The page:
I fire up the STI to take a practice lap. "This seems kind of familiar, huh?" Graham says. Indeed, we've been buckled into a Subaru hatchback out here before. This one just has, oh, more than four times the horsepower. The Subaru boxer four-cylinder has enjoyed severe horsepower inflation since the '80s.
The course layout is basically a sprawling figure eight, with plenty of elevation change and a nice straightaway connecting to an uphill right-hander that leads into a tunnel of foliage. At the end of that tunnel: the jump.
The jump looked modest when I was standing atop it, but from inside the car, heading up the hill, it looks like a horizon-blotting ramp to outer space. Surely, though, that must be an optical illusion, so I grab second gear and hit it at about 35 mph.
The Subaru explodes out of the forest, all four wheels clear of mother earth, and touches down about twenty feet beyond the launch point. That was a little bigger than I'd anticipated. And actually, just about right - big enough for excitement, small enough that it won't break the car. Hopefully.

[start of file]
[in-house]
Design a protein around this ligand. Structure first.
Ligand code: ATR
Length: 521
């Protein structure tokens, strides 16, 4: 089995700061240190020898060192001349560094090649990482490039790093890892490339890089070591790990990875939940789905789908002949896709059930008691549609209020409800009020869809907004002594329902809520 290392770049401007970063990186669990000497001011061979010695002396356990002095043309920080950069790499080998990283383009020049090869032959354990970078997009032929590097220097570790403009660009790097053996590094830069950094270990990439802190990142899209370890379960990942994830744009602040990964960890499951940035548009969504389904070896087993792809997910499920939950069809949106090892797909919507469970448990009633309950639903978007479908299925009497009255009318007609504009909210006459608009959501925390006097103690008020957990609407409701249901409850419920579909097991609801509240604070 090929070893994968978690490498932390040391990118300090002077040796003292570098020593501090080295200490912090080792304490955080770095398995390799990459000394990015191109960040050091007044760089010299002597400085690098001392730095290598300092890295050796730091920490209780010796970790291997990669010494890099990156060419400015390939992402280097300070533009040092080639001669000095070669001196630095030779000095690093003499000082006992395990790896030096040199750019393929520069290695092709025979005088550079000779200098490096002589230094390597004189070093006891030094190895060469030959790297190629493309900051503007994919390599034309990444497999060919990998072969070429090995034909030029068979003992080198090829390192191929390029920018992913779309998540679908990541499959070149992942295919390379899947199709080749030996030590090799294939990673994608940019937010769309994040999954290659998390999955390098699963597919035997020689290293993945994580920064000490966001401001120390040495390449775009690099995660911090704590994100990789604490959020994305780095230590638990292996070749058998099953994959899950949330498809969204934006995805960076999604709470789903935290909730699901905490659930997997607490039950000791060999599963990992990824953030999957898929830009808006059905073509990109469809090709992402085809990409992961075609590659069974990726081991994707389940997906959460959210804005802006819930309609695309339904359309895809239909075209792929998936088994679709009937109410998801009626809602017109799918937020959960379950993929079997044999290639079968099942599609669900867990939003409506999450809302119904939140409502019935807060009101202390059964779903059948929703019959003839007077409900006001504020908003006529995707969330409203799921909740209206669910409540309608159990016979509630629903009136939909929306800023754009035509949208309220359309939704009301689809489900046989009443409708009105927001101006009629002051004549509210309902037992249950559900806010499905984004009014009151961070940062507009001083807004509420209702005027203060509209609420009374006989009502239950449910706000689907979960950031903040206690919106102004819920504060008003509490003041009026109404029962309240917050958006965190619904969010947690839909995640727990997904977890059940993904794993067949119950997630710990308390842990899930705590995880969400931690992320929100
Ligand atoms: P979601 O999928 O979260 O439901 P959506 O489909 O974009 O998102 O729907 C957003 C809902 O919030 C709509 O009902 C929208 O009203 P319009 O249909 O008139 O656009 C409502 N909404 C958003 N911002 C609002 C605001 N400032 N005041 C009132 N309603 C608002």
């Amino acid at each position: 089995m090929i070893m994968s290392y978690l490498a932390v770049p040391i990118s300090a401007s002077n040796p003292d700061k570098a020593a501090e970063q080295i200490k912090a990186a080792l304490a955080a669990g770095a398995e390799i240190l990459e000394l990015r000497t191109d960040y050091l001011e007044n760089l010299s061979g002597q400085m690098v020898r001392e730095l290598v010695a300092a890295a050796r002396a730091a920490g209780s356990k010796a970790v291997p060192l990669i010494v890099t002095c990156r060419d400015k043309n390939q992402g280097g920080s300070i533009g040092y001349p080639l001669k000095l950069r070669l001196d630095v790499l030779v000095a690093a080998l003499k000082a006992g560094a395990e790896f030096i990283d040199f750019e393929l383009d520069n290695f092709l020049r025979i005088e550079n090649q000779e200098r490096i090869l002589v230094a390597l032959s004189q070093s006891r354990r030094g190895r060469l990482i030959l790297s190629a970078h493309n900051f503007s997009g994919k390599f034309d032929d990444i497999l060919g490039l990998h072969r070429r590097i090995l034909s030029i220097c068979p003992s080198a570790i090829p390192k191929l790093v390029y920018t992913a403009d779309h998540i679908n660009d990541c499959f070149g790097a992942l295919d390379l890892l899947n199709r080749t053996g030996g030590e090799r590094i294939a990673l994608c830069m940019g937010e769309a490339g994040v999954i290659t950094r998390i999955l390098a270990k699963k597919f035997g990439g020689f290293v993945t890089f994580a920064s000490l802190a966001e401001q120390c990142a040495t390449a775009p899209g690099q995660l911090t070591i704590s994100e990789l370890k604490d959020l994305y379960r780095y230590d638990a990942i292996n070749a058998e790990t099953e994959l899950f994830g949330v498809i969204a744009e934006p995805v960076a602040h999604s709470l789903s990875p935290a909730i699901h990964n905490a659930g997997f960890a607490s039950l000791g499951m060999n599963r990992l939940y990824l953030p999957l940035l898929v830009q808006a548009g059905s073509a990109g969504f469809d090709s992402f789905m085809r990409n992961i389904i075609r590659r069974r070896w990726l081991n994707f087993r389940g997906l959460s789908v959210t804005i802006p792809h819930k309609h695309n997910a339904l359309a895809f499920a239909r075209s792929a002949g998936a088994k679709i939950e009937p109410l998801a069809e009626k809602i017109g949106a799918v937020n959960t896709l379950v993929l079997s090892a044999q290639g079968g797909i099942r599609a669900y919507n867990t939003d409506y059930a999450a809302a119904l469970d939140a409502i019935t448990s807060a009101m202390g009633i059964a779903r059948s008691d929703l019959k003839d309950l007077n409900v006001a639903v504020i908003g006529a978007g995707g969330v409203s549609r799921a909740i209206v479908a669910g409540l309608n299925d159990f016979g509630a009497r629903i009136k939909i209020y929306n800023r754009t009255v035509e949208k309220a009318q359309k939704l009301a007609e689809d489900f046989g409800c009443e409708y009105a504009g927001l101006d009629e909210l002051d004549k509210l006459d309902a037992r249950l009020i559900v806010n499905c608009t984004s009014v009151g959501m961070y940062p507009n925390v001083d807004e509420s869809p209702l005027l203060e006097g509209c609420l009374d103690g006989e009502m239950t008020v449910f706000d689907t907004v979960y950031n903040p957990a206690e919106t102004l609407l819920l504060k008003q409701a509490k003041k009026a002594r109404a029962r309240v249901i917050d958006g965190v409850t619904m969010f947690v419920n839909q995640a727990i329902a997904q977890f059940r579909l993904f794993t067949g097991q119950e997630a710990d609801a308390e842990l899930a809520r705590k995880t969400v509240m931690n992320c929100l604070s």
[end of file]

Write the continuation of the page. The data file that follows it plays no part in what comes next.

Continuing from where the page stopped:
I park the Subaru and get back in the Bobcat to refine the track. A couple laps later, I've removed the crown from the road, eliminating the ruts and dispensing with the shorn-off saplings that were grabbing the bottom of the car. While I'm at it, I widen a few corners, bulldozing stumps into oblivion and dragging the bucket in reverse to smooth my handiwork. I get so lost in my Bobcat projects that Mike, the photographer, wanders down to the far reaches of the course - where I'm digging stumps and making "Vroom, broom!" noises with my mouth - to remind me that I might want to get back to driving, you know, the car.
Good point. It's time to go hot. Some parts of the track are too narrow and need more tinkering, but others are exactly as I'd envisioned. For example, after landing the jump, there's a gravel right-hander that's wide enough to get some serious sideways action, followed by another right-hander and a downhill left. With a little more excavation, there could be some speedier sections, but as it stands, it's all first and second gear. Then again, when you're doing 45 or 50 mph with trees whizzing past your ears, you don't feel like you're going slow. In fact, when I stop to take a break, my hands are shaking from the adrenaline. This is usually the point where, at every other track I've been on, someone tells me to get out of the car. Here, there's nobody to stop me.